I have recently suffered a torn ACL injury; therefore I am unable to do full body workouts. I was wondering if you could help me get on the right track for an upper body workout while I am recovering from my injury. I do not want to get out of shape and still want to do a WOD but it’s hard to follow without being able to use my legs for a lot of sections of the workout. As an NFL veteran, I am sure you have seen this type of injury and how to work around it. I was wondering if you could put me in the right direction and provide me with an appropriate guideline.


Jon S.



I have torn my ACL…my patellar tendon and had 3 arthroscopies to clean out torn meniscus, scar tissue and a bone chip. I know something about not being able to train your lower body due to injury.

I would stick with the basics: upper body push and pull. Bench press, floor press, seated dumbbell press, pull-ups, chin ups, push ups, lat pull downs and every movement you can create to isolated the arms, chest and back. This is a great time to focus on those big upper body movers and put in some concentrated work.


And above all else, continue to train the good leg. Leg raises, hamstring curls, isometric contractions, single leg glute bridges, four-way hip movements with stretch bands and single leg step ups are a great place to start. For years, they have done extensive studies on the carry over of training a healthy limb and its effect on the injured limb.

I wouldn’t put too much focus on metabolic conditioning just yet. You will have plenty of time to bust your ass and get your heart rate up when doing your rehabilitation post surgery. I would take this time to make sure I was strong and stable in all the places we tend to overlook when doing “functional training”. Keep your upper, mid and low back strong, as you will need to in your rehab when learning to squat and deadlift again.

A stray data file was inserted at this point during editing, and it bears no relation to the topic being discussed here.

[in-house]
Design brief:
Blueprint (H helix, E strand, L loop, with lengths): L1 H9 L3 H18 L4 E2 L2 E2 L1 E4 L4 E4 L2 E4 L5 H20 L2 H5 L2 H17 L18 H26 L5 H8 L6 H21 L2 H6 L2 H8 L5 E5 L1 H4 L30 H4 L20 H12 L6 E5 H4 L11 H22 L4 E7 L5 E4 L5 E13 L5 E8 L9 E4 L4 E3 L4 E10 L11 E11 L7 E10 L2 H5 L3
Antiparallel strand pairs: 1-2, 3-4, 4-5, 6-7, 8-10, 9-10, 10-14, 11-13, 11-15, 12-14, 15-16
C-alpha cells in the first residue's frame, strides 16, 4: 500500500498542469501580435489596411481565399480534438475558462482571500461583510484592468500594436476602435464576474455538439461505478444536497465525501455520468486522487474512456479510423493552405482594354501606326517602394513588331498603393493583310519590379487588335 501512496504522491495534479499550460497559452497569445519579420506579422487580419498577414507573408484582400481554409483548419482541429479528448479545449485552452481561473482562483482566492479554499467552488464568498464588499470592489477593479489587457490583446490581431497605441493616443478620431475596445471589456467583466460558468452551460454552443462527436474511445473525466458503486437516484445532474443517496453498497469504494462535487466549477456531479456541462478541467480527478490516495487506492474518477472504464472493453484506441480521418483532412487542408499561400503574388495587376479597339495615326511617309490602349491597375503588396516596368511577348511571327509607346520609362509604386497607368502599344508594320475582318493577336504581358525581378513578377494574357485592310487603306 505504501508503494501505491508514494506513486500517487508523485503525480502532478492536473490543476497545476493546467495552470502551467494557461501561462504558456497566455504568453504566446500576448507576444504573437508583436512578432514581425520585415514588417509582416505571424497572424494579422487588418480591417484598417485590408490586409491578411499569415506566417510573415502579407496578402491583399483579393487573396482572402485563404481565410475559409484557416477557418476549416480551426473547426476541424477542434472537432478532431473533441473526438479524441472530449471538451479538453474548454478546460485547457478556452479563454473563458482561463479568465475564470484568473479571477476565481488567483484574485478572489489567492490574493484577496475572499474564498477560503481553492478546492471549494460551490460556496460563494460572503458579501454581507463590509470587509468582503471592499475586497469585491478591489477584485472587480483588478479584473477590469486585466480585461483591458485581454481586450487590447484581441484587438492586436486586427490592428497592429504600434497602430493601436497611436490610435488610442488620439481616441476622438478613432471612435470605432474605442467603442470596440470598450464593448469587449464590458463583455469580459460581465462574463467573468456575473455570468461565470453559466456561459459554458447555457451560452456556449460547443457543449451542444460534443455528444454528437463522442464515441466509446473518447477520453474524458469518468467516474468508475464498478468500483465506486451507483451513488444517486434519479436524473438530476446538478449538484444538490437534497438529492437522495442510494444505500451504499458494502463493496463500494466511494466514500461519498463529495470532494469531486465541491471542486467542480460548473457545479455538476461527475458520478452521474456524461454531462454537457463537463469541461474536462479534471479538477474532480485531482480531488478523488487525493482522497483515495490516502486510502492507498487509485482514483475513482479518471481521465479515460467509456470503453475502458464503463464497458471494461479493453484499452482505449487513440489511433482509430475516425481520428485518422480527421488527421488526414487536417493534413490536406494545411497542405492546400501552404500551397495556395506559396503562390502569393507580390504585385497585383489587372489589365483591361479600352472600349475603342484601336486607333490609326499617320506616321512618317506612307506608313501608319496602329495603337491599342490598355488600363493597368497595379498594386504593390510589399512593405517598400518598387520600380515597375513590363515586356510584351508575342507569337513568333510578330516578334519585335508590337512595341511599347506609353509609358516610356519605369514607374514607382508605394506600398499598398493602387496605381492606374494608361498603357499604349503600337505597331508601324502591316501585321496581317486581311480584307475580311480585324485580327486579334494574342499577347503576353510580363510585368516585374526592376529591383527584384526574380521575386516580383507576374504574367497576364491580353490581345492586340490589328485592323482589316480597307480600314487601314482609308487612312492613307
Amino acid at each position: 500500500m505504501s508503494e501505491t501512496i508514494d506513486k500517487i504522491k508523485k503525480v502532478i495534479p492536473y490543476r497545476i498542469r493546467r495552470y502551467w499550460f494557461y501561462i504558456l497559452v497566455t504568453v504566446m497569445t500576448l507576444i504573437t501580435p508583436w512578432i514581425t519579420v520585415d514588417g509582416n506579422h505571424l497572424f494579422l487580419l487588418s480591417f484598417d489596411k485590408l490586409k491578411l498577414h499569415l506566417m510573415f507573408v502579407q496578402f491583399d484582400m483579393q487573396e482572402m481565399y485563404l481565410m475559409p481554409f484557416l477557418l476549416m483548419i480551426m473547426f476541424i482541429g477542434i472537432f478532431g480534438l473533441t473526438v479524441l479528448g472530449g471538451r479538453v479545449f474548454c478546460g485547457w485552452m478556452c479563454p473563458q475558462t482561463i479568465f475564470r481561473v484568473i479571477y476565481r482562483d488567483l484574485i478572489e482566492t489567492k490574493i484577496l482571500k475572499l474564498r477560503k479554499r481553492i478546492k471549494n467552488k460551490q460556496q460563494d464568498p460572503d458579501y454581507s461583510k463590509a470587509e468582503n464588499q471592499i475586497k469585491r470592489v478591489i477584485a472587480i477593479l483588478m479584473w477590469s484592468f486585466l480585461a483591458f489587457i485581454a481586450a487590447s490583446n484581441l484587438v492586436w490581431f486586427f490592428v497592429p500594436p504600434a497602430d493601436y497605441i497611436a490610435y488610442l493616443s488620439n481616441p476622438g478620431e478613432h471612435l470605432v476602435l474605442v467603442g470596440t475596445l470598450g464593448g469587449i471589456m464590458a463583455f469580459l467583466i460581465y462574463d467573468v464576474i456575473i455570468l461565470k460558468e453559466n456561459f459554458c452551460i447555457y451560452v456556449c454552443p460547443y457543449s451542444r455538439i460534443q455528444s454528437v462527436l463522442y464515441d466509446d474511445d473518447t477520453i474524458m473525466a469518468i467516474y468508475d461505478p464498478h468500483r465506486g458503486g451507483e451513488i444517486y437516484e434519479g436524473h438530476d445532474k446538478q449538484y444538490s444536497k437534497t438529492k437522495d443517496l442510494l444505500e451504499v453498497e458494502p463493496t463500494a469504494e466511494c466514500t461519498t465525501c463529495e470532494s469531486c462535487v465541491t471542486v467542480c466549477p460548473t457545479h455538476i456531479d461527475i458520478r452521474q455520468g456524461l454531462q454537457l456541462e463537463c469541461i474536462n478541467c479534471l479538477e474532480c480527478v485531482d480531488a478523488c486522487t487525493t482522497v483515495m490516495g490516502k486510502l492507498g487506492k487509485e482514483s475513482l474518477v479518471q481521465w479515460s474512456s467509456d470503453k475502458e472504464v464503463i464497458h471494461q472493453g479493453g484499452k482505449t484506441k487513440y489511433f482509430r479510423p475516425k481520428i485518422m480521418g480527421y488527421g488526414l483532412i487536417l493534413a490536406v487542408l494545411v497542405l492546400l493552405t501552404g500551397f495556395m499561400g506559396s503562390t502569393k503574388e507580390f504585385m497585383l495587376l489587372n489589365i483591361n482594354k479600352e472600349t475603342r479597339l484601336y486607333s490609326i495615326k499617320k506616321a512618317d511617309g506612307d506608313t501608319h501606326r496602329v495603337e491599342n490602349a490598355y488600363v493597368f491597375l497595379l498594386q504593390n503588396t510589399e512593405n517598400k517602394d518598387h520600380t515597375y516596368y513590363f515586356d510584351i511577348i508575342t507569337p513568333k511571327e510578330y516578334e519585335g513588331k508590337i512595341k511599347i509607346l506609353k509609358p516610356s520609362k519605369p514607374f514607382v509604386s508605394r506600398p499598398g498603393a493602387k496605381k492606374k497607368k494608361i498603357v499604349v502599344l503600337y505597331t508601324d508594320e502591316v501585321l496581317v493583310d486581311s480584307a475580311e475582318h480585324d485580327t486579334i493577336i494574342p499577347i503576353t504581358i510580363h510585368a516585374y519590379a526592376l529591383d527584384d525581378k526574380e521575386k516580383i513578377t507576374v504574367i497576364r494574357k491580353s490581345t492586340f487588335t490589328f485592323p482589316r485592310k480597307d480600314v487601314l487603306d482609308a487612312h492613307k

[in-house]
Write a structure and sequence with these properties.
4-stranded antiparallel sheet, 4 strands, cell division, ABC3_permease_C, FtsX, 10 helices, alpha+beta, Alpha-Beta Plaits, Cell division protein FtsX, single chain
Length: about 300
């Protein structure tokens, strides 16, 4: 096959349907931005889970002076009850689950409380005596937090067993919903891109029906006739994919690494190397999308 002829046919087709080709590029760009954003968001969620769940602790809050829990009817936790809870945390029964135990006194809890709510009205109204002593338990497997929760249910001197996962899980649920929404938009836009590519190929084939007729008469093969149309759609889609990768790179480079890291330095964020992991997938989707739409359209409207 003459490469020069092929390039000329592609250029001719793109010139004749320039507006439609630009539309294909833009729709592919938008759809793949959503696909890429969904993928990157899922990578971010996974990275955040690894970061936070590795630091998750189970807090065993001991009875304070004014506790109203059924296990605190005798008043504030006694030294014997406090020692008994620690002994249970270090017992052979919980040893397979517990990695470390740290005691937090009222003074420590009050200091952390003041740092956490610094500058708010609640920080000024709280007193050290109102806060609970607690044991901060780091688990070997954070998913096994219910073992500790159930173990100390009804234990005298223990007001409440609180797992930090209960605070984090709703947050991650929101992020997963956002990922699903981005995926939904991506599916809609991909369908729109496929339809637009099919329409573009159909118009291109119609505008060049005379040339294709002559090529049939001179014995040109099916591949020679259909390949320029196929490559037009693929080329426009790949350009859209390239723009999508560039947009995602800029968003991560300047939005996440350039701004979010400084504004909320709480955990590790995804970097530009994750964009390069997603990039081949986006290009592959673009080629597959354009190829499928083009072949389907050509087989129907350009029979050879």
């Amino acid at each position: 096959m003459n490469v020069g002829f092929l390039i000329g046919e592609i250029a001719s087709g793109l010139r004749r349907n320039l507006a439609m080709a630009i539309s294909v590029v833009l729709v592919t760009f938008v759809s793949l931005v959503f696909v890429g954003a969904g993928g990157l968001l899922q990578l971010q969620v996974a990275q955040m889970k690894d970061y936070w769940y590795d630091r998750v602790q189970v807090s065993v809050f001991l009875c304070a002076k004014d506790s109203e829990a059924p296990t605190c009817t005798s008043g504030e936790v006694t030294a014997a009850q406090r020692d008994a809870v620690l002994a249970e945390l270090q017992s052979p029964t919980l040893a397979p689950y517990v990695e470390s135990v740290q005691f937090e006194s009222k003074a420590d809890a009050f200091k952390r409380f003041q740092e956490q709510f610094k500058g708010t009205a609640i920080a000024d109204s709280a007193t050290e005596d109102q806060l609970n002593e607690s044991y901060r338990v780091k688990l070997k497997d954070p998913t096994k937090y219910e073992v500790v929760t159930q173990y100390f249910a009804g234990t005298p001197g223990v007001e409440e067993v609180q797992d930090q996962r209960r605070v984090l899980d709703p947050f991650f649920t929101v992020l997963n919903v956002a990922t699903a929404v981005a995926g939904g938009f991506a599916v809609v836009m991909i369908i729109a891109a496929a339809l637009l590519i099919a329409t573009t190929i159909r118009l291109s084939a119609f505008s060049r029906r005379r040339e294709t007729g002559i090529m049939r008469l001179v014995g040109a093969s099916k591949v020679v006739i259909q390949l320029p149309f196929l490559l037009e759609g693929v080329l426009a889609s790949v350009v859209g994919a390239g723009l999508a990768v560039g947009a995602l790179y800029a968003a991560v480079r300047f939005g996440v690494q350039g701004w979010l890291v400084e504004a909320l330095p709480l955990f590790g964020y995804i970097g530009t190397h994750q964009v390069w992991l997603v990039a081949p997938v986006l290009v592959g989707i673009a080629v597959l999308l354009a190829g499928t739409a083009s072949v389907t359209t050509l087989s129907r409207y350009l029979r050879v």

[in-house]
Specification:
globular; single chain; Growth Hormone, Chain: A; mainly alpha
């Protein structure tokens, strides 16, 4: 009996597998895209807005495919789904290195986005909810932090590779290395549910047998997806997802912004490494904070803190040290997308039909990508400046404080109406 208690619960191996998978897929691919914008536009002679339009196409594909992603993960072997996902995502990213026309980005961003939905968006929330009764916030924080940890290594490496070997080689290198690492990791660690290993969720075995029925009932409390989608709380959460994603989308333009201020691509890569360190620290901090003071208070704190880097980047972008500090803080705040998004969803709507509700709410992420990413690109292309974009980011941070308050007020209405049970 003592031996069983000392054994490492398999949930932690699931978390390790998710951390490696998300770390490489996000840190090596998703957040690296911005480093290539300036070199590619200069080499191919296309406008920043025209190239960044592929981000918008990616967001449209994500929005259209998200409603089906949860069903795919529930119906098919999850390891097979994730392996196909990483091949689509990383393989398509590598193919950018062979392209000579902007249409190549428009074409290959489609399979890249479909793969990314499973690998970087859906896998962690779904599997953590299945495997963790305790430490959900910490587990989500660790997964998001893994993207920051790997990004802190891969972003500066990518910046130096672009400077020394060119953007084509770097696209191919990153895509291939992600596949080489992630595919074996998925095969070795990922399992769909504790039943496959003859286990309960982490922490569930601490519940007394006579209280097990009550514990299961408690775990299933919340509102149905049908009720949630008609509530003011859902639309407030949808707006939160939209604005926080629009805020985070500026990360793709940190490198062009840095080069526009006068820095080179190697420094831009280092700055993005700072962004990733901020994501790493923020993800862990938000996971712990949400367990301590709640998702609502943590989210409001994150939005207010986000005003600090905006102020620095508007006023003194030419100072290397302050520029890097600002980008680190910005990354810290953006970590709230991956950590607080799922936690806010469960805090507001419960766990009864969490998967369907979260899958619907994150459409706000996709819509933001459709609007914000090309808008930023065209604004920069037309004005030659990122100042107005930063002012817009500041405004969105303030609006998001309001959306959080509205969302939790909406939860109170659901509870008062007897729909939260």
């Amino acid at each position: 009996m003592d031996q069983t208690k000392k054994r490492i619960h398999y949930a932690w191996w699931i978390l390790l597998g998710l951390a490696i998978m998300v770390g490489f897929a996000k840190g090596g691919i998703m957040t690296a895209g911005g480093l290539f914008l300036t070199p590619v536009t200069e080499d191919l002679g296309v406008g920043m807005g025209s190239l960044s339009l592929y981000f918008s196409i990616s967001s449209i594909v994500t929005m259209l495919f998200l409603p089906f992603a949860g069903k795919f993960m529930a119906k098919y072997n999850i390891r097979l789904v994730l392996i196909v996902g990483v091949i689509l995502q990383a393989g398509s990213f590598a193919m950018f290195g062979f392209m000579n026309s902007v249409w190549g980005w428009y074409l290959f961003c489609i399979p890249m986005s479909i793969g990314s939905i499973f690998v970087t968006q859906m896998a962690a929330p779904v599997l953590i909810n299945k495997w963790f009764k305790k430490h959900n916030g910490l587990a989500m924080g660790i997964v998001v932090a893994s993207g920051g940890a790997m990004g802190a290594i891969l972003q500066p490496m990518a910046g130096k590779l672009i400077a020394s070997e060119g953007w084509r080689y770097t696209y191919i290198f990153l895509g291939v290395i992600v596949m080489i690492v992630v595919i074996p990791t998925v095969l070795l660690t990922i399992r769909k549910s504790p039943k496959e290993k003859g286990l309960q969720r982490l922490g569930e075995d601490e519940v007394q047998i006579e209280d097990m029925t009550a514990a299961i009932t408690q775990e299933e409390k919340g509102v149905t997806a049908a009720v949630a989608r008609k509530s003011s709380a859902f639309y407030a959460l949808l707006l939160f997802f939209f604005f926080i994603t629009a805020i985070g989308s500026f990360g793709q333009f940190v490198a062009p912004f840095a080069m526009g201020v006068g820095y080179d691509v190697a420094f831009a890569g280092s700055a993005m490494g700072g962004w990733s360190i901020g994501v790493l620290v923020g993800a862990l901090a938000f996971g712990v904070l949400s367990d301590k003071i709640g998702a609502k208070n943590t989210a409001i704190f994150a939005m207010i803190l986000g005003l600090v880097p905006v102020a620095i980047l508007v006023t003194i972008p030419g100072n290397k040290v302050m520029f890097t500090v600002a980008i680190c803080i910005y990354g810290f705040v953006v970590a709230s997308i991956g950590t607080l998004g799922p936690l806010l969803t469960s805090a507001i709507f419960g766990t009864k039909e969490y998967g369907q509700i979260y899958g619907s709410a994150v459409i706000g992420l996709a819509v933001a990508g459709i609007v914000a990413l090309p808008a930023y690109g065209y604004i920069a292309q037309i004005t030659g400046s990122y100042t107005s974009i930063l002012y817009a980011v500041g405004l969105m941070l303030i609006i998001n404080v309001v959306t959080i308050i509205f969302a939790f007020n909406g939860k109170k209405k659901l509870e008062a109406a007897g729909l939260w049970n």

Remember, surgery is more physically/emotionally taxing than anyone cares to admit. Ask any athlete that has been hurt and required to have a few surgeries and they will tell you, each one is harder and harder to come back from.

With that in mind, make sure you nutrition and supplementation is on track. Things like water, fish oil, vitamin C & D3 and a diet free of crap are fundamental to speed healing. Start doing these things now; if you wait till after surgery it will be too late.

I know things have changed light years from when I had my ACL repaired in 1996. Back then, they used the middle 1/3rd of my patellar tendon and the rehab and recovery was lengthy and painful. I never understood the destruction of a healthy body part to fix another. In 2011, they use cadaver ligaments and space age stuff to fix ACL’s. Without inducing the massive trauma of cutting into the patellar tendon, the knee heals pretty fast and I have seen people back to full speed in 6-8 weeks, instead of 6-8 months.

The last clean out I had was after I left New England in September 08. I went up to San Francisco to have surgery and rehab with the great Kelly Starrett of Mobility WOD fame. Twenty-four hours out of surgery, I was at San Francisco CrossFit doing a Kstar-inspired metcon involving pulling myself off the ground by a rope, push-ups and DBs. We capped the day with a friendly challenge of me trying to good morning more weight than Kelly could back squat. I won that day.

And just for some reference, nothing adversely affects your ability to recover like anesthesia. The faster you can get the anesthesia out of your system, the better you do.

*Now for the legal stuff…I don’t suggest or recommend you start training 24 hours after surgery to flush the system of any lingering anesthesia. Please follow the advice of your doctor and make sure you are healthy and ready to engage in physical activity before starting any training regiment.

However, personally, it has always helped to speed healing.

Sorry you got hurt. I hate to hear about injuries, as I have had several, and they are never easy. Be smart with your rehab and let your body dictate the rate of recovery. Push too hard and you can set yourself back. Push too little and never make it back.